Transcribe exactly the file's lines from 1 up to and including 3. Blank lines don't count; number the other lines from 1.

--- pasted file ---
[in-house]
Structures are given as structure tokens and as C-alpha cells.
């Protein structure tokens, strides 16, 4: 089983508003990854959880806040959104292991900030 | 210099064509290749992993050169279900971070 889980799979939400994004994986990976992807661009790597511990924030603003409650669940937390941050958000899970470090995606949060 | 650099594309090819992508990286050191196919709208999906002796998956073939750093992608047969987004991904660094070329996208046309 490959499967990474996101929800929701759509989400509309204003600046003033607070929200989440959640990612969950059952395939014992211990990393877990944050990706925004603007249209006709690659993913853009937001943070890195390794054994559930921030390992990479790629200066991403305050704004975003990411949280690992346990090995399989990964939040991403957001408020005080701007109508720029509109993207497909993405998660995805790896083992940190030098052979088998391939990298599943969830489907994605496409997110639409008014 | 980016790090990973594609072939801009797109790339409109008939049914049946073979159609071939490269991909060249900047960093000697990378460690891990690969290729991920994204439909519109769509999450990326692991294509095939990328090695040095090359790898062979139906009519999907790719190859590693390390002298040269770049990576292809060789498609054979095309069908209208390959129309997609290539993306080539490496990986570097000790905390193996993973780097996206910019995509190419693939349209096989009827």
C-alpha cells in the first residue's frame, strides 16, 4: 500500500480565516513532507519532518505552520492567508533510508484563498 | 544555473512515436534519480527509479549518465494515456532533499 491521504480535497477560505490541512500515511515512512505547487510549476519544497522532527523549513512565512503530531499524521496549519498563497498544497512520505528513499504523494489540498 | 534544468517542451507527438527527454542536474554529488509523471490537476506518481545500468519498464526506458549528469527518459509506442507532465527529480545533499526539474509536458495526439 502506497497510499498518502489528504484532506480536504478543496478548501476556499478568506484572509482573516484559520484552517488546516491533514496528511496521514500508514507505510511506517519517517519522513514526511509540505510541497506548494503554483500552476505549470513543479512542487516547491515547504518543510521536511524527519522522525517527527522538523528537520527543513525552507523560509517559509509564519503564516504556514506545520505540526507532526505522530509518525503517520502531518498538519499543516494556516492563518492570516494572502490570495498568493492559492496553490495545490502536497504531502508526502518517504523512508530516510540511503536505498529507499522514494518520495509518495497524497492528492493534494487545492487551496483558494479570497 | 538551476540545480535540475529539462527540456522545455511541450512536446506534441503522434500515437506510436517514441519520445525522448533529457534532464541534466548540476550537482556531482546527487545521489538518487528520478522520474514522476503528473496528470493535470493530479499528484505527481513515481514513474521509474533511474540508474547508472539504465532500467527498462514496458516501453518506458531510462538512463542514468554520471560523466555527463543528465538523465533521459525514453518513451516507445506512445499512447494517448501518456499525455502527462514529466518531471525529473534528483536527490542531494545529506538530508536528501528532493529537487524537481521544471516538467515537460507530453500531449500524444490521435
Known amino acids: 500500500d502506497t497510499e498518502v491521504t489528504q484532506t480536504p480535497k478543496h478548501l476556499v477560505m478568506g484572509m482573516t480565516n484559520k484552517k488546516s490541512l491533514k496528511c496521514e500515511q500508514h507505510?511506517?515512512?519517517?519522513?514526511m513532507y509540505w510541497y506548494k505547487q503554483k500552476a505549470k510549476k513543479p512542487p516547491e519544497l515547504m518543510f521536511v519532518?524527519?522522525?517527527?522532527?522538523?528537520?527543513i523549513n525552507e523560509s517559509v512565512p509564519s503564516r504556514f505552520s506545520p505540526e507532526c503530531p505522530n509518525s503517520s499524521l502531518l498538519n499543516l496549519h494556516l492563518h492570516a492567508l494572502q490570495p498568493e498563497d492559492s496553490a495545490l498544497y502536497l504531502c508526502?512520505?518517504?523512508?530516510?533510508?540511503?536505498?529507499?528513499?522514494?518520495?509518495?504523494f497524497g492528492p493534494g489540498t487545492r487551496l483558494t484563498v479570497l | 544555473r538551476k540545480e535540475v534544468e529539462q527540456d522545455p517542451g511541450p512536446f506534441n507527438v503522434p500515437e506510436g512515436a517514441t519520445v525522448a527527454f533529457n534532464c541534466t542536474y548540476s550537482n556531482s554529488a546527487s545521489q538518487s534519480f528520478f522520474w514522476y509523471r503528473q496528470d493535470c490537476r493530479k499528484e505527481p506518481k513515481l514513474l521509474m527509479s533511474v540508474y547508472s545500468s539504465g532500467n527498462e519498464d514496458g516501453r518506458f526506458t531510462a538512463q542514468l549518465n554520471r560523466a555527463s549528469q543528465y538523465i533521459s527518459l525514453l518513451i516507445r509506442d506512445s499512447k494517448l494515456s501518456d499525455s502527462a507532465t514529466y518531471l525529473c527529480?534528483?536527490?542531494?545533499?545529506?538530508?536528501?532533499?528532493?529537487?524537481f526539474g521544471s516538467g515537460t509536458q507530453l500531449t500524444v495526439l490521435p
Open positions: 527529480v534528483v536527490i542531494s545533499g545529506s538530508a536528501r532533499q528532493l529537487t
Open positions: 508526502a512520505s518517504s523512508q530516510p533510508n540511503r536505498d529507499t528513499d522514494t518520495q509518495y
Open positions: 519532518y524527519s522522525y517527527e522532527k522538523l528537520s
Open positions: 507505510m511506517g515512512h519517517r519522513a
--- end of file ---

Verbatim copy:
[in-house]
Structures are given as structure tokens and as C-alpha cells.
């Protein structure tokens, strides 16, 4: 089983508003990854959880806040959104292991900030 | 210099064509290749992993050169279900971070 889980799979939400994004994986990976992807661009790597511990924030603003409650669940937390941050958000899970470090995606949060 | 650099594309090819992508990286050191196919709208999906002796998956073939750093992608047969987004991904660094070329996208046309 490959499967990474996101929800929701759509989400509309204003600046003033607070929200989440959640990612969950059952395939014992211990990393877990944050990706925004603007249209006709690659993913853009937001943070890195390794054994559930921030390992990479790629200066991403305050704004975003990411949280690992346990090995399989990964939040991403957001408020005080701007109508720029509109993207497909993405998660995805790896083992940190030098052979088998391939990298599943969830489907994605496409997110639409008014 | 980016790090990973594609072939801009797109790339409109008939049914049946073979159609071939490269991909060249900047960093000697990378460690891990690969290729991920994204439909519109769509999450990326692991294509095939990328090695040095090359790898062979139906009519999907790719190859590693390390002298040269770049990576292809060789498609054979095309069908209208390959129309997609290539993306080539490496990986570097000790905390193996993973780097996206910019995509190419693939349209096989009827």